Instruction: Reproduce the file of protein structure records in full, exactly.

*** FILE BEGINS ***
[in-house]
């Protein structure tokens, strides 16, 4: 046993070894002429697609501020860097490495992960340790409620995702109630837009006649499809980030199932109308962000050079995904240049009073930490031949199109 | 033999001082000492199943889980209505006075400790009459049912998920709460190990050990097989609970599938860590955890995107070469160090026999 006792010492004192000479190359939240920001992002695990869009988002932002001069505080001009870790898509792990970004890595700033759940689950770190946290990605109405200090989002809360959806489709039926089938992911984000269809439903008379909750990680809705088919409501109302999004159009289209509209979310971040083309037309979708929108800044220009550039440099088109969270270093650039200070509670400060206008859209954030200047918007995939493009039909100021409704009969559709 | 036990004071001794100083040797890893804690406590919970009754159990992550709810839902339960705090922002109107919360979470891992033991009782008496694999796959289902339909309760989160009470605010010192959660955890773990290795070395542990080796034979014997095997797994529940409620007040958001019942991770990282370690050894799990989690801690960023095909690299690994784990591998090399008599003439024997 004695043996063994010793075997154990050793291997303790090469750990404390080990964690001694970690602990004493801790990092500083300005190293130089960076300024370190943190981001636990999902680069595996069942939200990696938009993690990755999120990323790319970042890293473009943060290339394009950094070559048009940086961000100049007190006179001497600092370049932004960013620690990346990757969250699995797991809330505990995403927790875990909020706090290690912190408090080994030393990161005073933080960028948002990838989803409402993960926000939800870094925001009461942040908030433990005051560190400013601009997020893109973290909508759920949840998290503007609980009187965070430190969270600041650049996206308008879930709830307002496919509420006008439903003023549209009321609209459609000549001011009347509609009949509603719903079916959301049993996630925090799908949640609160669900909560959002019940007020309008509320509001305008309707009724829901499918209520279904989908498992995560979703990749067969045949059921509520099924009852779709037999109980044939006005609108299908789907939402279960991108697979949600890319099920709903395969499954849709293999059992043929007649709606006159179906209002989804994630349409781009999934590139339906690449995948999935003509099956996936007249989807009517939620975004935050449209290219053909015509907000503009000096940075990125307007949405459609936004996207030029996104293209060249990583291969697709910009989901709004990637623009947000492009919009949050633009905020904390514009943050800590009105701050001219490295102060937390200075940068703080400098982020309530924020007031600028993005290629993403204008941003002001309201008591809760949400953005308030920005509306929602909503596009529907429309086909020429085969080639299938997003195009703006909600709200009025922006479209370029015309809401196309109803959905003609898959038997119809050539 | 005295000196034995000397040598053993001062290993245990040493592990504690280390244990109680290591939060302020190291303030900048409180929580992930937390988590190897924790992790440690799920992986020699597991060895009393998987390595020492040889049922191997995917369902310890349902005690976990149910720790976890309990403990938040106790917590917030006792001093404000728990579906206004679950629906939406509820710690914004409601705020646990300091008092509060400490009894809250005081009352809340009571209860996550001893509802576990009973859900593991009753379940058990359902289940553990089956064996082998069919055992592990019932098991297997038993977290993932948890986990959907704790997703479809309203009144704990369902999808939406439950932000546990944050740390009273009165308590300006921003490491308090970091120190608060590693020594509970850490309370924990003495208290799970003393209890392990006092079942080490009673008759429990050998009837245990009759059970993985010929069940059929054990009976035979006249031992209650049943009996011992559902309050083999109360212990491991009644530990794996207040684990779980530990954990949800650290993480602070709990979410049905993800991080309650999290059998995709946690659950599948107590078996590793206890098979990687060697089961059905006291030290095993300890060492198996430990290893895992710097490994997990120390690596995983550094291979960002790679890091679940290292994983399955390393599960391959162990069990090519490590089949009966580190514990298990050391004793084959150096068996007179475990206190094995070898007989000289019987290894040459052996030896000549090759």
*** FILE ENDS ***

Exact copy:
[in-house]
């Protein structure tokens, strides 16, 4: 046993070894002429697609501020860097490495992960340790409620995702109630837009006649499809980030199932109308962000050079995904240049009073930490031949199109 | 033999001082000492199943889980209505006075400790009459049912998920709460190990050990097989609970599938860590955890995107070469160090026999 006792010492004192000479190359939240920001992002695990869009988002932002001069505080001009870790898509792990970004890595700033759940689950770190946290990605109405200090989002809360959806489709039926089938992911984000269809439903008379909750990680809705088919409501109302999004159009289209509209979310971040083309037309979708929108800044220009550039440099088109969270270093650039200070509670400060206008859209954030200047918007995939493009039909100021409704009969559709 | 036990004071001794100083040797890893804690406590919970009754159990992550709810839902339960705090922002109107919360979470891992033991009782008496694999796959289902339909309760989160009470605010010192959660955890773990290795070395542990080796034979014997095997797994529940409620007040958001019942991770990282370690050894799990989690801690960023095909690299690994784990591998090399008599003439024997 004695043996063994010793075997154990050793291997303790090469750990404390080990964690001694970690602990004493801790990092500083300005190293130089960076300024370190943190981001636990999902680069595996069942939200990696938009993690990755999120990323790319970042890293473009943060290339394009950094070559048009940086961000100049007190006179001497600092370049932004960013620690990346990757969250699995797991809330505990995403927790875990909020706090290690912190408090080994030393990161005073933080960028948002990838989803409402993960926000939800870094925001009461942040908030433990005051560190400013601009997020893109973290909508759920949840998290503007609980009187965070430190969270600041650049996206308008879930709830307002496919509420006008439903003023549209009321609209459609000549001011009347509609009949509603719903079916959301049993996630925090799908949640609160669900909560959002019940007020309008509320509001305008309707009724829901499918209520279904989908498992995560979703990749067969045949059921509520099924009852779709037999109980044939006005609108299908789907939402279960991108697979949600890319099920709903395969499954849709293999059992043929007649709606006159179906209002989804994630349409781009999934590139339906690449995948999935003509099956996936007249989807009517939620975004935050449209290219053909015509907000503009000096940075990125307007949405459609936004996207030029996104293209060249990583291969697709910009989901709004990637623009947000492009919009949050633009905020904390514009943050800590009105701050001219490295102060937390200075940068703080400098982020309530924020007031600028993005290629993403204008941003002001309201008591809760949400953005308030920005509306929602909503596009529907429309086909020429085969080639299938997003195009703006909600709200009025922006479209370029015309809401196309109803959905003609898959038997119809050539 | 005295000196034995000397040598053993001062290993245990040493592990504690280390244990109680290591939060302020190291303030900048409180929580992930937390988590190897924790992790440690799920992986020699597991060895009393998987390595020492040889049922191997995917369902310890349902005690976990149910720790976890309990403990938040106790917590917030006792001093404000728990579906206004679950629906939406509820710690914004409601705020646990300091008092509060400490009894809250005081009352809340009571209860996550001893509802576990009973859900593991009753379940058990359902289940553990089956064996082998069919055992592990019932098991297997038993977290993932948890986990959907704790997703479809309203009144704990369902999808939406439950932000546990944050740390009273009165308590300006921003490491308090970091120190608060590693020594509970850490309370924990003495208290799970003393209890392990006092079942080490009673008759429990050998009837245990009759059970993985010929069940059929054990009976035979006249031992209650049943009996011992559902309050083999109360212990491991009644530990794996207040684990779980530990954990949800650290993480602070709990979410049905993800991080309650999290059998995709946690659950599948107590078996590793206890098979990687060697089961059905006291030290095993300890060492198996430990290893895992710097490994997990120390690596995983550094291979960002790679890091679940290292994983399955390393599960391959162990069990090519490590089949009966580190514990298990050391004793084959150096068996007179475990206190094995070898007989000289019987290894040459052996030896000549090759």